Tuesday, January 31, 2006

Trying to find smoke where there is none 

The Financial Times of London came out with a rather bizarre article today. In effect they are accusing the Venezuelan government of somehow doing something corrupt in buying and then selling Argentinian bonds. Here is the article:

A select group of Venezuelan banks is profiting from opaque government treasury operations involving hundreds of millions of dollars of Latin American sovereign bonds under a financial programme fostered by President Hugo Chávez.

Backed by record oil revenues, Venezuela has bought $1.6bn in Argentine debt during the past year - mostly dollar-denominated Boden bonds maturing in 2012. They were purchased in auctions that were eschewed, in some cases, by big investment banks, such as Citigroup (NYSE:C - news) and JPMorgan Chase, because the yields offered were considered too low.

Venezuela, which has been the largest buyer of Argentine sovereign debt since the country defaulted on itsforeign debt in 2001, has said it is ready to buy up to $2.4bn worth of Argentine bonds.

It has also bought $25m of Ecuadorean debt and finance minister Nelson Merentes recently said he was looking at buying Brazilian and Chinese bonds.

Investment banks Morgan Stanley and Deutsche Bank are reportedly advising on the bond transactions.

Mr Chávez justifies his virtual "hedge fund" as a benevolent concept that will allow Latin American nations such as Argentina to "liberate'' themselves from an international financial system that, he asserts, is manipulated by the US.

Last year, Venezuela transferred all of its foreign reserves that were held in US Treasuries or that were on deposit at US banks, about $20bn in total, to the Bank for International Settlements in Basel, Switzerland.

Venezuela's bond purchases have helped Argentina increase its foreign reserves. President Nestor Kirchner's government last month paid off its outstanding $9.5bn debt to the International Monetary Fund, in part thanks to the cash injection from Mr Chávez.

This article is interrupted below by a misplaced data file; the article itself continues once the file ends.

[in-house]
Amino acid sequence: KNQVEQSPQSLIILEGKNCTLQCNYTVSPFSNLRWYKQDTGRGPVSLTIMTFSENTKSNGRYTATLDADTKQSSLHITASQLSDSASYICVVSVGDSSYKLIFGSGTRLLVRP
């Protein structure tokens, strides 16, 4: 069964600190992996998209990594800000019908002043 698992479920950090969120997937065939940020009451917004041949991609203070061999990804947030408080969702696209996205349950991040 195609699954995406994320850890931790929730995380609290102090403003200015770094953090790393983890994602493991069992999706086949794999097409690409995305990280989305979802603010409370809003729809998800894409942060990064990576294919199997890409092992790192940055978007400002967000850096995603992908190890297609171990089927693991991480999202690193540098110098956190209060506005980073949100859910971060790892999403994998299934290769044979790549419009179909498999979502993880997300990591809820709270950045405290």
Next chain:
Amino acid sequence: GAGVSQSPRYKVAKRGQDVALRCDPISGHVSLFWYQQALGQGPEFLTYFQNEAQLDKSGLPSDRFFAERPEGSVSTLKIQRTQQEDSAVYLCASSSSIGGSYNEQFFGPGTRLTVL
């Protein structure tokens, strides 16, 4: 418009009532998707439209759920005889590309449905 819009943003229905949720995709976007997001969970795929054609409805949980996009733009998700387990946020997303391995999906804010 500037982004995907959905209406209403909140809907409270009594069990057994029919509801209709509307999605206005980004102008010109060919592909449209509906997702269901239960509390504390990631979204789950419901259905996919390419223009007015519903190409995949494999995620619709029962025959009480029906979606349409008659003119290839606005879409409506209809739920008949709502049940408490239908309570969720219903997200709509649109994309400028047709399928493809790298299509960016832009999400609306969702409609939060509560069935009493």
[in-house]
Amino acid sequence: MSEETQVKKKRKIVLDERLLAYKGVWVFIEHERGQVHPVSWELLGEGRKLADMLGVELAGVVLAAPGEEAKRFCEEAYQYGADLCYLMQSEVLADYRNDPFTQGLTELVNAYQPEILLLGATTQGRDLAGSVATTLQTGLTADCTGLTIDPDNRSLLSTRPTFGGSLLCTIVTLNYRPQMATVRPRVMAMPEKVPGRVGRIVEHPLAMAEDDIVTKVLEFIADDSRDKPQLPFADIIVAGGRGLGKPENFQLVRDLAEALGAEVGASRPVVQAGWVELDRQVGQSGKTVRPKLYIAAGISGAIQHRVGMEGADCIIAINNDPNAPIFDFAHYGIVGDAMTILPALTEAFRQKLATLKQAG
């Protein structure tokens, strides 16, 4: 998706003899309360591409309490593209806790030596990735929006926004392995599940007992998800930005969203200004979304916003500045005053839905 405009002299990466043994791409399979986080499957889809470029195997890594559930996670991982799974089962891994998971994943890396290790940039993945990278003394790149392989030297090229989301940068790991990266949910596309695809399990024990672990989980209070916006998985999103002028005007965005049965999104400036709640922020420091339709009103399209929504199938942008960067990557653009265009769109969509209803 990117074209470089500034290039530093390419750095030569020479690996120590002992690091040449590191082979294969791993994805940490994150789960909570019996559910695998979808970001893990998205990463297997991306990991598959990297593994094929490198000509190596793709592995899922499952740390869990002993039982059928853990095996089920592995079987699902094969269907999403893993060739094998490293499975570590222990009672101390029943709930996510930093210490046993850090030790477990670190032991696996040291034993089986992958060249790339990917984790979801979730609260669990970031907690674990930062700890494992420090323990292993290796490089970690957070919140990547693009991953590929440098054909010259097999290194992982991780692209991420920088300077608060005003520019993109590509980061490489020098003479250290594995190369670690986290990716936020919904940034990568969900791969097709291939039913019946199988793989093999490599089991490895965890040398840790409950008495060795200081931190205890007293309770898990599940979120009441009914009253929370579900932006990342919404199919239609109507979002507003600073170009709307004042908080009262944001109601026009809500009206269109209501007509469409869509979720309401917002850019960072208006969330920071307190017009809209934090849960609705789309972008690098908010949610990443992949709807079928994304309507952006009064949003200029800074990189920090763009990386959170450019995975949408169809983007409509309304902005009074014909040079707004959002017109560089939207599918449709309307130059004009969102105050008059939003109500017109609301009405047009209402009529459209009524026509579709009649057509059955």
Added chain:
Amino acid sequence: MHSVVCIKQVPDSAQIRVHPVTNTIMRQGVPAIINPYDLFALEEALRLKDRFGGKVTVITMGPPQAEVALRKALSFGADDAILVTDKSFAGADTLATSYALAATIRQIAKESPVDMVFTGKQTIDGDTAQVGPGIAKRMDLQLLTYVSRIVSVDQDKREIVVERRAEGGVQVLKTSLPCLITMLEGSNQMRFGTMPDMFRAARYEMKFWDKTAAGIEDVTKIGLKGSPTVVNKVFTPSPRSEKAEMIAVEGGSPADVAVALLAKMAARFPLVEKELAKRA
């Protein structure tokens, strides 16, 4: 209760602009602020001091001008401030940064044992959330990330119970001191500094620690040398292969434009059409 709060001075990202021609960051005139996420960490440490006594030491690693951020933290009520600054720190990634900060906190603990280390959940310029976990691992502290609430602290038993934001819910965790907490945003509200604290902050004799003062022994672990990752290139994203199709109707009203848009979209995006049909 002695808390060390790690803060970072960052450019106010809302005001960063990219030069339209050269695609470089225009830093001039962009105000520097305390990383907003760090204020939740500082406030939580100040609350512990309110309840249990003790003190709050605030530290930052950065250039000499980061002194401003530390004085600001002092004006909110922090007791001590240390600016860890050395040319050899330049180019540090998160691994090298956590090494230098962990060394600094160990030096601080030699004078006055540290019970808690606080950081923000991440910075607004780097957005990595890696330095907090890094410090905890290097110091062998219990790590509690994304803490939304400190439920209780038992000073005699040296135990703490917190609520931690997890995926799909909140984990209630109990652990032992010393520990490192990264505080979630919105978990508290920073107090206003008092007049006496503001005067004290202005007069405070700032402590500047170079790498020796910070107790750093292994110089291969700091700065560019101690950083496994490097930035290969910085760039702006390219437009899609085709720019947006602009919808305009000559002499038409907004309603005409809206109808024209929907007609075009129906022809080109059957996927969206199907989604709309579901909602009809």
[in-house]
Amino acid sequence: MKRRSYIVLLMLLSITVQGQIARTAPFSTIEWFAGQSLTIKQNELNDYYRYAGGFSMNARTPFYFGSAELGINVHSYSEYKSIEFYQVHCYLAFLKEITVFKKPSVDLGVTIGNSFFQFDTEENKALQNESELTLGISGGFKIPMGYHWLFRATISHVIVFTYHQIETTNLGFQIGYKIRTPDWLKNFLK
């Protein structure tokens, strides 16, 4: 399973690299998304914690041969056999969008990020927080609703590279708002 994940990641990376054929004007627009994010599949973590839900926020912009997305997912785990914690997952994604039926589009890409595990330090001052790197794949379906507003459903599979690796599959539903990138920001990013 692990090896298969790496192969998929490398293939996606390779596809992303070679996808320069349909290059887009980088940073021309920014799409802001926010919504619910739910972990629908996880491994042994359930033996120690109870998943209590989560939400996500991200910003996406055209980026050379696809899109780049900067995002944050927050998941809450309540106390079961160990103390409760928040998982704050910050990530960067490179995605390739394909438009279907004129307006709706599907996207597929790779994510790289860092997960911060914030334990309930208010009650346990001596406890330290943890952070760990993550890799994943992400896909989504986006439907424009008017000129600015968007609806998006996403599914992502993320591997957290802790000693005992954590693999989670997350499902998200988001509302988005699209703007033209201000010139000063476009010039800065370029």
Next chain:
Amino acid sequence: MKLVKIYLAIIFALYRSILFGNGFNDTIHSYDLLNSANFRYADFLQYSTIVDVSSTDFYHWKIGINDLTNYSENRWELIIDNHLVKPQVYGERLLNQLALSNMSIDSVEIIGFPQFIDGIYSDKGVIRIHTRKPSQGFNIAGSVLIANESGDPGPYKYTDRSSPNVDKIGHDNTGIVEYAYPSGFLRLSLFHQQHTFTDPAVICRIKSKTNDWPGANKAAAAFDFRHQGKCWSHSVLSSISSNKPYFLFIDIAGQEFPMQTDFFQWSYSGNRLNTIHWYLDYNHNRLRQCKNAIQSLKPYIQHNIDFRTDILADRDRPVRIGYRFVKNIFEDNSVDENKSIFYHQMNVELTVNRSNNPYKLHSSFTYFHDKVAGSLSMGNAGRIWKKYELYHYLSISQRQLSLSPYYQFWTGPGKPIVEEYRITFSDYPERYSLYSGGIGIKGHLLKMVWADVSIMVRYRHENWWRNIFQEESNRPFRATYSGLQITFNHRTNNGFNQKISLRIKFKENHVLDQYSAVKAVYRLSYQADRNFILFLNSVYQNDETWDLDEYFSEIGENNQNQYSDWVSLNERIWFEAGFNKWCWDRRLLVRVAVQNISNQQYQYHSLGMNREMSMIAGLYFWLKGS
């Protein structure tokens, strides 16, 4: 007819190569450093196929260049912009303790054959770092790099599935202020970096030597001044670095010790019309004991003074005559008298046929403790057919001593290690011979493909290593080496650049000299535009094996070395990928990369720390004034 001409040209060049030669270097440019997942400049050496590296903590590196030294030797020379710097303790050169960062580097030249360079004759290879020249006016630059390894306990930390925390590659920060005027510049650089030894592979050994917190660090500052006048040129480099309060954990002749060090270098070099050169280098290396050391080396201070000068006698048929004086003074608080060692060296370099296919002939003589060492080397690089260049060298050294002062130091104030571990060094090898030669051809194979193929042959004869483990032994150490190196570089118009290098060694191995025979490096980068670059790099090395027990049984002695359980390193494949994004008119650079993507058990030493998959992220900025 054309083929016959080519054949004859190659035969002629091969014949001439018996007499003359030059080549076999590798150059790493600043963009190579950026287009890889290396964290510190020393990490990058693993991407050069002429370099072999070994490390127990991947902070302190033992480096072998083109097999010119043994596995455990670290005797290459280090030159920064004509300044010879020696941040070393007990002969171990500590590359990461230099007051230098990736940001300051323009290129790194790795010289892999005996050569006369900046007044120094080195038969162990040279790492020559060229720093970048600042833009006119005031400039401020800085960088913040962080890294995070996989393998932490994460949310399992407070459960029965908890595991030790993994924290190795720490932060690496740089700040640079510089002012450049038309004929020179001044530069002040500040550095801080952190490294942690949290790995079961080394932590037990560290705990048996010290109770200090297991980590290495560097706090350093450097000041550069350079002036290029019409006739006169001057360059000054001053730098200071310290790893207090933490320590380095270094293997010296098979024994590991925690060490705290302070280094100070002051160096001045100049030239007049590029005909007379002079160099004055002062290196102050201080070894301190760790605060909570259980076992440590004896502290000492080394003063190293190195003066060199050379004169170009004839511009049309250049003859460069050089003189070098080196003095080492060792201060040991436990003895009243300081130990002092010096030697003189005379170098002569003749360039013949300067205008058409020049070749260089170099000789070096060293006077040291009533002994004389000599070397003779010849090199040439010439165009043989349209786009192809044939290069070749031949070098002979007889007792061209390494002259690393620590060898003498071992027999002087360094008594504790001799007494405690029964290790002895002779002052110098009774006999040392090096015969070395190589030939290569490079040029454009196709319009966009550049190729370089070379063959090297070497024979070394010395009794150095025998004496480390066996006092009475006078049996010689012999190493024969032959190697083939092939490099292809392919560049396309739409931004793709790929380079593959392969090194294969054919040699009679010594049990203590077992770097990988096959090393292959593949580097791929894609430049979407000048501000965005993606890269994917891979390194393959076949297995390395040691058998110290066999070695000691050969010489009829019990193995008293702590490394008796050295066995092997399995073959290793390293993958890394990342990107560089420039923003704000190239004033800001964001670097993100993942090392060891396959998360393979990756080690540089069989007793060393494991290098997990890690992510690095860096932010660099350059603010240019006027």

"Whilst the [bond] purchases are good news for the Argentine government, the benefits for Venezuela are less clear," said Vitali Meschoulam, emerging markets strategist at HSBC Securities in New York.

The Financial Times has learned that significant profits deriving from the bond transactions are being accumulated by a few private banks, rather than by the Chávez government.

In late November, Mr Merentes announced that some of the bonds had been liquidated, leaving a profit of $40m. Mr Merentes said last month that $600m worth of the Boden 12 bonds had been sold, without elaborating on the method.

Most of the bonds were sold directly - instead of in an auction - to two local banks, Banco Occidental de Descuento and Fondo Común, according to two people familiar with the deal and a senior official at a financial regulatory authority. The banks have since re-sold the bonds into the open market.

Mr Merentes didn't respond to several requests for comment during the past week. Victor Vargas, president of Banco Occidental de Descuento, and Victor Gil, president of Fondo Común, also didn't return messages seeking comment.

But though the chosen banks are likely to have profited from increases in prices of Argentine bonds, they have benefited more significantly from Venezuela's foreign exchange controls, in place since 2003, and a flourishing but tolerated parallel market.